I think of myself as a serial, high-tech chief financial officer. I’ve primarily focused on emerging growth companies that had some potential. I’ve always enjoyed high-risk environments. Sometimes the companies took off. Sometimes they didn’t. That’s what makes it exciting.
I started off in the public accounting world when Arthur Andersen was the king firm in the District.
I had clients in varied industries including technology, hospitality, and even candy. It was a neat way to sample the industries.
But I always knew I wasn’t going to be a lifetime public accountant.
So a few years later I did the classic jump to a client called Orbital Science. The rocket builder had yet to begin collecting revenue, and we wouldn’t for years. I was a one-man band, running the whole accounting and finance department.
I experienced the challenges and joy of working at a 20-person company that grew to a couple thousand when I left seven years later. We had gone through a lot of financing rounds and a public offering.
I learned a great deal. I remember about six months before we went public, the board decided that it wanted to bring in a really seasoned, heavy-weight chief financial officer. As a young guy, my feelings were initially hurt. I felt I could do it all myself.
Looking back, what I learned from the new chief financial officer was game-changing.
Where I initially had resentment, that guy became a great mentor who helped me achieve things I couldn’t achieve on my own. For example, he did the initial public offering, but when we did another one, he let me do it.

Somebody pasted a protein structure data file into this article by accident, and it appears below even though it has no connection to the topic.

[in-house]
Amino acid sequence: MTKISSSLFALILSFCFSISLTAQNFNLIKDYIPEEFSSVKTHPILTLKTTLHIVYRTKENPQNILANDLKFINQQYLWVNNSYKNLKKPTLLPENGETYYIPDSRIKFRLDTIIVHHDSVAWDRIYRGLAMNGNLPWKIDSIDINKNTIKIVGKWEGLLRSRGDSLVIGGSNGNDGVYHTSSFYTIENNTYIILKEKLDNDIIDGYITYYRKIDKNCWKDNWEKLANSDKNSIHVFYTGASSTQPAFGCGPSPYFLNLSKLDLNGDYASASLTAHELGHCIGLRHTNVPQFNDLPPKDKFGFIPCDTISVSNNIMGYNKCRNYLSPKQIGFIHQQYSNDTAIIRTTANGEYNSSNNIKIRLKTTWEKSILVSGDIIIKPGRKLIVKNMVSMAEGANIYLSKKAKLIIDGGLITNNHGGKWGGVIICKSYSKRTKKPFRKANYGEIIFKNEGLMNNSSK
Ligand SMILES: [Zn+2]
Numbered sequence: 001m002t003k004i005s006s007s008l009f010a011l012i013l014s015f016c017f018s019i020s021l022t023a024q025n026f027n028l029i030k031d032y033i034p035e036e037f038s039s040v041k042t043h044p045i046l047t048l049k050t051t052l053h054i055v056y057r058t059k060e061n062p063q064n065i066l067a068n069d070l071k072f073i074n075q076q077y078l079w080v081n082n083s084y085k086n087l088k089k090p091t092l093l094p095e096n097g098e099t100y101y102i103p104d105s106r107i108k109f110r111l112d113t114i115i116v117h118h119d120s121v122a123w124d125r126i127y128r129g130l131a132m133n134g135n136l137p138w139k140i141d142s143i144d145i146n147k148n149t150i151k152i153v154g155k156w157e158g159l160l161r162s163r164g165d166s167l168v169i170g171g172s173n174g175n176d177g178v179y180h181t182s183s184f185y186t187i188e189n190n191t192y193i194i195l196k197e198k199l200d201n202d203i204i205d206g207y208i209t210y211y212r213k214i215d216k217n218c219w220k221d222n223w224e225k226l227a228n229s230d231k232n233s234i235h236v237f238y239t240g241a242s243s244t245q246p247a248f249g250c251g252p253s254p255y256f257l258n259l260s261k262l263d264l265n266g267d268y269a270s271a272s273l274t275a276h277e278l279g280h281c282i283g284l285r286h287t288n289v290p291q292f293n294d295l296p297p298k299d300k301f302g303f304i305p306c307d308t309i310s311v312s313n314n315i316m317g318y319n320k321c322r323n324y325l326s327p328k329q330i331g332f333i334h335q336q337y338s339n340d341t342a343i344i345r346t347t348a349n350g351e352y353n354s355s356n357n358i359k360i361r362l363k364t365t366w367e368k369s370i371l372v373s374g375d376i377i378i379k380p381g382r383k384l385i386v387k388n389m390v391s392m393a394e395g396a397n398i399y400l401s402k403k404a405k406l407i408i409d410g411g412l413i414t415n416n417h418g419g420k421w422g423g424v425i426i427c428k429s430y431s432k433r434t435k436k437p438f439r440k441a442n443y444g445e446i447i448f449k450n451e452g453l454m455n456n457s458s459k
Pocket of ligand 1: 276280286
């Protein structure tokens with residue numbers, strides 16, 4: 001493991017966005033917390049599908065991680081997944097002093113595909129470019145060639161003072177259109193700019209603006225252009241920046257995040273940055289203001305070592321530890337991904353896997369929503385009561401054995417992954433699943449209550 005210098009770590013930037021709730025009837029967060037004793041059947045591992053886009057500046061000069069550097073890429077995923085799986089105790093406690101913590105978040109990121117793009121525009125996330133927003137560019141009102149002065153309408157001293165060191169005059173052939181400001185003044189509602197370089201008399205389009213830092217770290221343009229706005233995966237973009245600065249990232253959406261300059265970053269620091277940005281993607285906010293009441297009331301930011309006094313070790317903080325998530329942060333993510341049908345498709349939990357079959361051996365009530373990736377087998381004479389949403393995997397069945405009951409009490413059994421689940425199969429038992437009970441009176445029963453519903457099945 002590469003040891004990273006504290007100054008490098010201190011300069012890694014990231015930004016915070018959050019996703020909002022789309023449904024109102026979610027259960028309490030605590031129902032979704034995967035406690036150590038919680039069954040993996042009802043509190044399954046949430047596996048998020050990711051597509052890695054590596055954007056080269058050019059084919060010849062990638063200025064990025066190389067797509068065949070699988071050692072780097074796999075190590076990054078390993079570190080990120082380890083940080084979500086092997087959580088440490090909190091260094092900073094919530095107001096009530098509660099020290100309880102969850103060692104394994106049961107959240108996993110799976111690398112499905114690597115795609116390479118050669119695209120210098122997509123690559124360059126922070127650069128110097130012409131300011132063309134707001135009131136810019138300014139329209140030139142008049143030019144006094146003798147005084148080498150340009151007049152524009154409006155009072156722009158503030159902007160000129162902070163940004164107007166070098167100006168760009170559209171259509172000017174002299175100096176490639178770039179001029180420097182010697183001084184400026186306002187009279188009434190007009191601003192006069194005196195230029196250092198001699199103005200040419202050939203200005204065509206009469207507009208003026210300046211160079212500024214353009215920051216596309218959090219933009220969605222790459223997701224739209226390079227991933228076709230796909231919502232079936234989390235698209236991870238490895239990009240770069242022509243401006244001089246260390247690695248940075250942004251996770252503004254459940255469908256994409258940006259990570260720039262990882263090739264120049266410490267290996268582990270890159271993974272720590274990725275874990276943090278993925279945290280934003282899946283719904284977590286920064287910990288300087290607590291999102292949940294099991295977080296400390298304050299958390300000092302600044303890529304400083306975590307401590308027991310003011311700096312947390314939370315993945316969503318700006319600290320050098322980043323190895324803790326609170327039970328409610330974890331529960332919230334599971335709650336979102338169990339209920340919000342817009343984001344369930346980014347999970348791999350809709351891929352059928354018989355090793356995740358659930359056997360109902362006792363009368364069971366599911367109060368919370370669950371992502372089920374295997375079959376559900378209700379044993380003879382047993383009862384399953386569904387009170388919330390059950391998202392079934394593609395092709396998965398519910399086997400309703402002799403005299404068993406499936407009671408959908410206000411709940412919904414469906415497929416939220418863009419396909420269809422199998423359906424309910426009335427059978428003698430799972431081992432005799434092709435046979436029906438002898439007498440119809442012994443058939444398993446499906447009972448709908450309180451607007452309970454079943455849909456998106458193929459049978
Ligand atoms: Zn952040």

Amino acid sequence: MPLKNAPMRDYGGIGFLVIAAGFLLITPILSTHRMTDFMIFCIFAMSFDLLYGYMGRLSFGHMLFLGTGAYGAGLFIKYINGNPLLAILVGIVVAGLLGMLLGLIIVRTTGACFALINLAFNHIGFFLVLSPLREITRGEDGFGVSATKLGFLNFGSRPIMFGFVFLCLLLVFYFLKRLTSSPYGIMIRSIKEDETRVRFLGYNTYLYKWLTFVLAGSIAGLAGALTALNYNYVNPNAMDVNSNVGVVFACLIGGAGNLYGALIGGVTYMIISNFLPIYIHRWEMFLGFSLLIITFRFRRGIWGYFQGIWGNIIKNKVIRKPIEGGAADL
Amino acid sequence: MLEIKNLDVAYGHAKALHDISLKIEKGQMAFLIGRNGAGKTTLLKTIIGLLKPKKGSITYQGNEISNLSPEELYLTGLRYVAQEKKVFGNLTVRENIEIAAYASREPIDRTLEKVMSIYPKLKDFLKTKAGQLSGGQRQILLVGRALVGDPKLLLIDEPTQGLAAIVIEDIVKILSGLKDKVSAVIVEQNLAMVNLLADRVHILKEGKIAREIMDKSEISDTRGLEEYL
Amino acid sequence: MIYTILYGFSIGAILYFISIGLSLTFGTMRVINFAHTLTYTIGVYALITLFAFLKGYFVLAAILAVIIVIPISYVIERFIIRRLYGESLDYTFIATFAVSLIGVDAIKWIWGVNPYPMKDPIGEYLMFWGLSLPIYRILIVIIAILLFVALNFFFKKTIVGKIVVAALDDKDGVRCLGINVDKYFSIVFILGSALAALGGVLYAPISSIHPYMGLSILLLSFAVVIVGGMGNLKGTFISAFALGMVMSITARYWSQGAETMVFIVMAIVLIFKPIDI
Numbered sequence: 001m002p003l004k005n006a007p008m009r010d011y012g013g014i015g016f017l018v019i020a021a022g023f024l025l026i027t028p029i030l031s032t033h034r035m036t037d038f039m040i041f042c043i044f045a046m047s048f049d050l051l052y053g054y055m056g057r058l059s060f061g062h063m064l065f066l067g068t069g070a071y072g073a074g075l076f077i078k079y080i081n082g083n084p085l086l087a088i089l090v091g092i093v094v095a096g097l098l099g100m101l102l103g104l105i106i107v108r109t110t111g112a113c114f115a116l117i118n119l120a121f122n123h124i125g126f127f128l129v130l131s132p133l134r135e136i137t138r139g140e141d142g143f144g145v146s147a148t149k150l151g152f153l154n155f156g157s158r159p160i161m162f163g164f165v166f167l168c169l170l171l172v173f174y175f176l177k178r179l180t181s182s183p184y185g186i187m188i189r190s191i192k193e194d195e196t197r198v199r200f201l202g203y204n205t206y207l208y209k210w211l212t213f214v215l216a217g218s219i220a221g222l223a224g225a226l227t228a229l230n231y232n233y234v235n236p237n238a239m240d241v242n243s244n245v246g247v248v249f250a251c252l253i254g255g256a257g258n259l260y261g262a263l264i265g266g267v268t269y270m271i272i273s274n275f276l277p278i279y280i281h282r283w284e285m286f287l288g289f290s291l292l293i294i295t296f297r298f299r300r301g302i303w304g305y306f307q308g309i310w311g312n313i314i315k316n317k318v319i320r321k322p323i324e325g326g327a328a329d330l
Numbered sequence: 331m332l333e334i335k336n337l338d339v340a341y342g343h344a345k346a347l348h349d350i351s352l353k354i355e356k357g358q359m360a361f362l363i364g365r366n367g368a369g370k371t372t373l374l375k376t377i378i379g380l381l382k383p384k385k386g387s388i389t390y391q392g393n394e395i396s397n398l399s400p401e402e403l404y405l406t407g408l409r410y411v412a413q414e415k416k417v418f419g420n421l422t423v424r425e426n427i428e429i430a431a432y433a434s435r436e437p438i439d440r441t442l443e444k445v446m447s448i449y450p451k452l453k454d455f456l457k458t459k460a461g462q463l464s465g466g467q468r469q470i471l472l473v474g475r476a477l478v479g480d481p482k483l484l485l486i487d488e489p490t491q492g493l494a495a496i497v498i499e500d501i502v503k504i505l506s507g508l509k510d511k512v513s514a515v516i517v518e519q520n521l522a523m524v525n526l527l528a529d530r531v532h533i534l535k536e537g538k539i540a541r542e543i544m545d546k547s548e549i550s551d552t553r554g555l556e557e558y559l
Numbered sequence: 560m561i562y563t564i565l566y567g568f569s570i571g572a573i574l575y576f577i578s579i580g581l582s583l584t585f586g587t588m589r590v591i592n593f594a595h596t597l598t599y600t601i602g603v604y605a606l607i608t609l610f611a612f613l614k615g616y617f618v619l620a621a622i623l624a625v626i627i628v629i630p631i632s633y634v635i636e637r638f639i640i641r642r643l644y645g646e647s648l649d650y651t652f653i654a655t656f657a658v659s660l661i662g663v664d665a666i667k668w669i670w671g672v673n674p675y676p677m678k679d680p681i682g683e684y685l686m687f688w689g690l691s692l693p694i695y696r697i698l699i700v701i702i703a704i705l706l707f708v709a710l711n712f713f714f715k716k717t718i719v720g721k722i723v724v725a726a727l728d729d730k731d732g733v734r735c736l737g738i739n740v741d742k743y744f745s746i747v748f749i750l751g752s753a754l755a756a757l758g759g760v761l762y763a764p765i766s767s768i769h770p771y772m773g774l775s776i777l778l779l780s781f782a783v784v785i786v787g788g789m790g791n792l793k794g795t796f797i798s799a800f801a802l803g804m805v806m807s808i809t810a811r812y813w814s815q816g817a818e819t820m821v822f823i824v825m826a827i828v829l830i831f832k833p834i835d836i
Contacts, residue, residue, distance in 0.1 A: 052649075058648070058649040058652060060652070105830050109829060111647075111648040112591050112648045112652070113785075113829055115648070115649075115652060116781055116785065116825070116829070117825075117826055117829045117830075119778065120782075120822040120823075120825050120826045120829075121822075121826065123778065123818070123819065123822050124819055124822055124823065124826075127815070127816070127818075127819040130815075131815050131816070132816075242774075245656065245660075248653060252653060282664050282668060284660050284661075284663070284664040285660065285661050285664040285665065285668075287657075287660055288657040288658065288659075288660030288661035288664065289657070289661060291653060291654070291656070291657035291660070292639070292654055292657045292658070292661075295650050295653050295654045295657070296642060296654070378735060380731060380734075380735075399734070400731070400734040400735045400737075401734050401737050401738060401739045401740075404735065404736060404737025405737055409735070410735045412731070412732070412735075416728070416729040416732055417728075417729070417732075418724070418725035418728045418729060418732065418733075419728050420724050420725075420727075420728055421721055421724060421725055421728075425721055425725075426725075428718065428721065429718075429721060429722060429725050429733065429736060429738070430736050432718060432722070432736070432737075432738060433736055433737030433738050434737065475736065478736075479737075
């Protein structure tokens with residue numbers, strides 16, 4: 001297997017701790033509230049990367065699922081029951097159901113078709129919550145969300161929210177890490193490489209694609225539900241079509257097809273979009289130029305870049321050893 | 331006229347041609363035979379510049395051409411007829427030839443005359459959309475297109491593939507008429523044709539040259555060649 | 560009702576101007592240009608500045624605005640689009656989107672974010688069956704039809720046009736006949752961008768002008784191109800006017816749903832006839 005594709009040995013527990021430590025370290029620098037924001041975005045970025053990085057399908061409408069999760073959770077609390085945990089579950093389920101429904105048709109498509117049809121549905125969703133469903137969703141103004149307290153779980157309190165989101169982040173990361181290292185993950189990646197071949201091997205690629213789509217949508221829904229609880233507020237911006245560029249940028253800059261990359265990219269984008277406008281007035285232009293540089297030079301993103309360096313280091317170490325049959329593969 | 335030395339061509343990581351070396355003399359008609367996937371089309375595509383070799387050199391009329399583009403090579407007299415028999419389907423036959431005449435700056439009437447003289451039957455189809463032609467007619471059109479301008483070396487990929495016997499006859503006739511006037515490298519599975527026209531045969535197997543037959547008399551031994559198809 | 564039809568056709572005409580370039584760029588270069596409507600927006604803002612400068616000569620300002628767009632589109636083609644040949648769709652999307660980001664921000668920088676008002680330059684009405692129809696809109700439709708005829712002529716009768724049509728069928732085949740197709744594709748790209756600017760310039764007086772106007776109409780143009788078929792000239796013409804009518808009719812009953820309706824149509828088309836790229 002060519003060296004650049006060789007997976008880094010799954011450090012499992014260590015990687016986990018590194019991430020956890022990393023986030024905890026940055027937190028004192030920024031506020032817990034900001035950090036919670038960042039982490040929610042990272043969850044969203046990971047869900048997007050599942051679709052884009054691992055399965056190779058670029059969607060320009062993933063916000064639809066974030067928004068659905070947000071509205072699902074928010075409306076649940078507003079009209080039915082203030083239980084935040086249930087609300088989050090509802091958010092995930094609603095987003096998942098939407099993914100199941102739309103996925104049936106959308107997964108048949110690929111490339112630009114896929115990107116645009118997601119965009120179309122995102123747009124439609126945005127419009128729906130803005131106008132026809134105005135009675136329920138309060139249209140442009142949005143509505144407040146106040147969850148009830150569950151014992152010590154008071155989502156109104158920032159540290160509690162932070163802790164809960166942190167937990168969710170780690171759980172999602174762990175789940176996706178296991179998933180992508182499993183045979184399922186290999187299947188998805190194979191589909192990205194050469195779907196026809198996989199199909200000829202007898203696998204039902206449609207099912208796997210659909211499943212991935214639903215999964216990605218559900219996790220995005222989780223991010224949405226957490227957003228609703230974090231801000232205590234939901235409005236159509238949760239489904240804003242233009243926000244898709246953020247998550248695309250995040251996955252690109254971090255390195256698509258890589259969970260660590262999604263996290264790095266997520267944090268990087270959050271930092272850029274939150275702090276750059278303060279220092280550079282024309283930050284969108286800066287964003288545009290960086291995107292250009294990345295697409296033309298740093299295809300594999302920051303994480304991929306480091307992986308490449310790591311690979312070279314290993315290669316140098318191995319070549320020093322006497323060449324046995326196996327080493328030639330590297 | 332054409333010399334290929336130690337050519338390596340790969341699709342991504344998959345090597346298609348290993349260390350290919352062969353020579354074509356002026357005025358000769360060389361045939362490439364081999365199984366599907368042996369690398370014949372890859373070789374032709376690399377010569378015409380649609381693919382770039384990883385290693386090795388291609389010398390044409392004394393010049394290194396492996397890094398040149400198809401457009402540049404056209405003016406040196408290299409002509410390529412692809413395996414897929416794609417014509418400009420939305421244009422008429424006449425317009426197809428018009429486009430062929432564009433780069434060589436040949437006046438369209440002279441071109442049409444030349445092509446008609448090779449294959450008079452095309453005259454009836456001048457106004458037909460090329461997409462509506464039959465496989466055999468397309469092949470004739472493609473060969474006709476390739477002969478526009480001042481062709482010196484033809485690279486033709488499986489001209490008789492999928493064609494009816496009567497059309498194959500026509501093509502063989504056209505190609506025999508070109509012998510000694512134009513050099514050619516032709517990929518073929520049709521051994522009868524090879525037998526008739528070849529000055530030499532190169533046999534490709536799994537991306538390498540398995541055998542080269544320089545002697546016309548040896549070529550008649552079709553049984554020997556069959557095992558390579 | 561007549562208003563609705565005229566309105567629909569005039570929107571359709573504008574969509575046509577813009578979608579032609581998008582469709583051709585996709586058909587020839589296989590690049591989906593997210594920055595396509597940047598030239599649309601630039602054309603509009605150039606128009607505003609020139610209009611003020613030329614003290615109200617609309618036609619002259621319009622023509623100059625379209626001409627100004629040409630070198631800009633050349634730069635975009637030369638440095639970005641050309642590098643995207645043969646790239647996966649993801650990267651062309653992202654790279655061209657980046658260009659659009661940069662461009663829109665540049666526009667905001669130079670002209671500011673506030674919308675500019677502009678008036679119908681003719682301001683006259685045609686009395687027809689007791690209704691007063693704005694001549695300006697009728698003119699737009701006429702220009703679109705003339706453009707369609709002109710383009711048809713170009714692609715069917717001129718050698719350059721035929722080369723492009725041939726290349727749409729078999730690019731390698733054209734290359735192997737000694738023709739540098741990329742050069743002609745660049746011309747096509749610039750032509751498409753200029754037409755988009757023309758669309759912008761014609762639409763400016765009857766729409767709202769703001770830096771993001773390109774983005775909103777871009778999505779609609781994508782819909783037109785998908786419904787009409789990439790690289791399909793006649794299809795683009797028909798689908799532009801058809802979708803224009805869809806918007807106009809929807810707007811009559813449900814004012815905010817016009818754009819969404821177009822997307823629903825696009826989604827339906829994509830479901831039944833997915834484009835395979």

By the time I left, I was vice president of accounting with multiple division controllers reporting to me.
But with the great success, the company got big and bureaucratic.
It just wasn’t me.
That’s when I realized that I really like going after these earlier stage, high-risk companies. They are typically three- to five-year projects.
It’s not different from the way venture capitalists often look at an investment. In my case, it’s time. In their case, it’s dollars. It’s that excitement that keeps me going. When it gets routine, it’s time to look for something else.
I worked at a series of other emerging-growth companies. I would help grow them to become profitable and then do subsequent financing events.
The key is putting in the infrastructure to support that growth. A lot of companies end up imploding because they can’t keep up with the growth of the business.
Sometimes you hit a home run. Sometimes it’s a single or a double. Similar to venture capitalists — usually a few big deals will carry their fund and the singles and doubles pay their bills.
I’m still pursuing emerging growth companies. It’s why I was intrigued by Modus. They are revolutionizing an industry that had become complacent in how it dealt with certain issues. They are shaking things up. They’re the rebels in the industry. I like that.
— Interview with
Position: Chief financial officer of Modus, a company in the District that provides consulting services, data collection and processing to corporations and law firms interested in doing legal discovery work electronically.
Career highlights: Chief financial officer and chief operations officer, SecureInfo; chief financial officer, Rivermine; chief financial officer, Plateau Systems; chief financial officer, Digital Paper; chief financial officer, POMS; chief financial officer, Roadshow International; chief financial officer, Orbital Sciences Corp.
Education: BS, Accounting, University of Maryland.
Personal: Lives in Leesburg with wife Debbie and three children.